In Upper Manhattan, New York City lies Harlem, a neighbourhood that has seen many shifts under boom-and-bust cycles over the years, and the result is a fascinating melting pot of life and culture. Capturing and celebrating it all are four local photographers, John Pinderhughes, Ruben Natal-San Miguel, Jeffrey Henson Scales and Shawn Walker.
Their work is currently on show at an exhibition titled Love Letters for Harlem at Harlem's Claire Oliver Gallery where a portion of the proceeds will benefit the Harlem Community Relief Fund, an initiative of the Greater Harlem Chamber of Commerce, which works to combat food insecurity in the area.
"As longtime residents of Harlem, we are inspired by the rich cultural lineage of our neighbourhood," gallerist Claire Oliver tells Creative Boom. "In the midst of this challenging year when we have all been so isolated, we wanted to showcase the resiliency and celebrate the individuals, geography and culture of Harlem through the intimacy of photography while also supporting a vital organisation that provides urgently needed aid to our community in this time of need."
Looking at John Pinderhughes' work, we see images from a series, Pretty for a Black Girl, which features an aspiring model and friend who was heartbroken at being told that she was "pretty for a black girl". A father of two daughters, Pinderhughes, was deeply moved by her experience and shot the series exploring Black beauty, self-reflection and the injury of racism. Works from the series are in the permanent collection of the Detroit Institute of Art.
Pinderhughes is a member of the renowned and pioneering photography collective Kamoinge Workshop, the subject of a current exhibition at the Whitney Museum. He is known for expansive landscapes and pictures that explore the relationship between people and their environment, traditions, and points of view. Although he describes himself as "primarily self-taught", his photographs display a deep understanding of light, shape, and form.
Five portraits by Ruben Natal-San Miguel, meanwhile, celebrate his subjects, women and girls across every stage of life, and their unique identities, personalities and style. The intimate portraits juxtapose his various subjects with the city itself, which pulses with vitality and life as a constant refrain.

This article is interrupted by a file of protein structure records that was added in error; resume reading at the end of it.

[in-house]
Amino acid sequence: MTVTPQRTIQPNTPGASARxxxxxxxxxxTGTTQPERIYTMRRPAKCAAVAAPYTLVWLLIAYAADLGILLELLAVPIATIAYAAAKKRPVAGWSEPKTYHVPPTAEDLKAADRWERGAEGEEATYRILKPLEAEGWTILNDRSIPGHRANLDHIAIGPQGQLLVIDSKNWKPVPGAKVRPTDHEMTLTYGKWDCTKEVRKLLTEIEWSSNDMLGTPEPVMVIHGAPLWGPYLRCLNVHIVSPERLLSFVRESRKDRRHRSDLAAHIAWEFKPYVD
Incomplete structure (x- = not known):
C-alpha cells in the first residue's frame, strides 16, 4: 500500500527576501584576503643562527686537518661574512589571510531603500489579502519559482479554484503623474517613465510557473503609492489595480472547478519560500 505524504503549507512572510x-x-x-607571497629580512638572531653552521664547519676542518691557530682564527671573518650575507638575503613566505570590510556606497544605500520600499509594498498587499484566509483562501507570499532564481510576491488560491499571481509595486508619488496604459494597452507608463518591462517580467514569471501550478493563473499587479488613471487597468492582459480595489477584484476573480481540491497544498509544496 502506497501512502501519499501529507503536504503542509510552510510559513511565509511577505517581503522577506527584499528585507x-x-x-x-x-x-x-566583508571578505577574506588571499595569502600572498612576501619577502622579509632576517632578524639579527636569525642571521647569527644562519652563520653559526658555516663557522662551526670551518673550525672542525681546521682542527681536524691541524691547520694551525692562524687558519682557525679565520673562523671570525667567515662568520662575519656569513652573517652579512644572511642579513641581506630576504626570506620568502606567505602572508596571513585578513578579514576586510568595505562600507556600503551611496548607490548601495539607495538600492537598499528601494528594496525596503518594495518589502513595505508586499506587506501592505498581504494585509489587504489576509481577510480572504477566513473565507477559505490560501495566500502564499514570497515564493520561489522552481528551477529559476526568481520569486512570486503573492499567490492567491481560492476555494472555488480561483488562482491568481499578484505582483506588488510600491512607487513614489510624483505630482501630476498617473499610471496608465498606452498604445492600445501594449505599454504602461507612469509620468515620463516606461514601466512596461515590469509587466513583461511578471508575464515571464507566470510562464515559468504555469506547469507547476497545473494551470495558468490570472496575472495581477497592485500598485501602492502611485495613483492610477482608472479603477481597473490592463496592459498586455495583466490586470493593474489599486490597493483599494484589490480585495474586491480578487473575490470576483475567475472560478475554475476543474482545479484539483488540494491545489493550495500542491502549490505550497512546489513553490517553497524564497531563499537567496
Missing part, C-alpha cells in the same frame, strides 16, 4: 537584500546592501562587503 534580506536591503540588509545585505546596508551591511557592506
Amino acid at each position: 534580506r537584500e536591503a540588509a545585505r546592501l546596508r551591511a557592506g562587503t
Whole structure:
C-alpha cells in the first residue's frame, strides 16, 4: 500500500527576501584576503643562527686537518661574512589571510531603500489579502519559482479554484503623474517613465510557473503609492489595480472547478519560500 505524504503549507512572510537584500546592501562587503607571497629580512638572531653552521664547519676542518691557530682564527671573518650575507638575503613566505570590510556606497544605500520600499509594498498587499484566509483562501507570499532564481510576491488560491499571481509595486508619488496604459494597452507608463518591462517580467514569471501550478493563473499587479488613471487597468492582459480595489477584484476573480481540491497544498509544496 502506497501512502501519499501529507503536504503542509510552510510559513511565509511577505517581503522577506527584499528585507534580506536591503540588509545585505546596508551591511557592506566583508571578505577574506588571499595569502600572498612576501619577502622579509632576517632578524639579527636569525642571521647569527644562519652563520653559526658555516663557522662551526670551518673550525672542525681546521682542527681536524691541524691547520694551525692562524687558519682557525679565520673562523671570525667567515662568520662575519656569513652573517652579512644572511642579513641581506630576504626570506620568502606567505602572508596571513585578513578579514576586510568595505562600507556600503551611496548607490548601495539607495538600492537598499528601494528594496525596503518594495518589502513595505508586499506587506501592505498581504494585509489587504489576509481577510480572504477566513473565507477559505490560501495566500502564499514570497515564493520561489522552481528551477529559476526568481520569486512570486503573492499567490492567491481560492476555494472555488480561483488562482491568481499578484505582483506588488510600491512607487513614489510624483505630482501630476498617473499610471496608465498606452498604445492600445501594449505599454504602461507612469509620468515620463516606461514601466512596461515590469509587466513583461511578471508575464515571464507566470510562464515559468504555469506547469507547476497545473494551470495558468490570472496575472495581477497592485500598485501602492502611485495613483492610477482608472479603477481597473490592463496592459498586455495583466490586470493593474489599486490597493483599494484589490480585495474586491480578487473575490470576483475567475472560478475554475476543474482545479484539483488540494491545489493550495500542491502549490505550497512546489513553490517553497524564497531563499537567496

He has been photographing New York City for the past two decades, building on its visual history while adding his own, fresh perspective to the conversation. His pictures, which cover wide geographical and cultural terrain, push against the too-often problematic gaze of documentary photography, in exchange for something that celebrates the city's many inhabitants. "This may be influenced in part by his experience as a survivor of the September 11th attacks," explains Claire Oliver, "and a desire to preserve what he holds dear."
The exhibition also features five photographs by Jeffrey Henson Scales from his series House, which documents life in a legendary Harlem barbershop over the course of six years from 1986 to 1992.
Scales is an independent photographer and a photography editor at The New York Times where he oversees the Opinion Section and the annual Year In Pictures special section and also curates The New York Times photography column, Exposures. His work has been the subject of numerous solo exhibitions since the 1970s and is in the permanent collections of MoMA, Museum of Fine Arts Houston, The City Museum of New York, The George Eastman House and The Baltimore Museum of Art.
Also on display are four works by the photographer Shawn Walker from his 2012 series Misterioso / Painting with Light – abstracted images that depict the walls, sidewalks and streets of New York City themselves as the subject matter, revealing the spirits within.
Born and raised in Harlem, Walker is a founding member of the Kamoinge Workshop, and his work is currently featured in the Whitney Museum's exhibition on the group. A professional photographer and filmmaker for more than 50 years, and a photographic educator for more than forty, Walker has travelled extensively and exhibited, lectured and been published throughout the world.
Love Letters for Harlem is on display at Claire Oliver Gallery in Harlem until 3 April 2021. To find out more, visit claireoliver.com.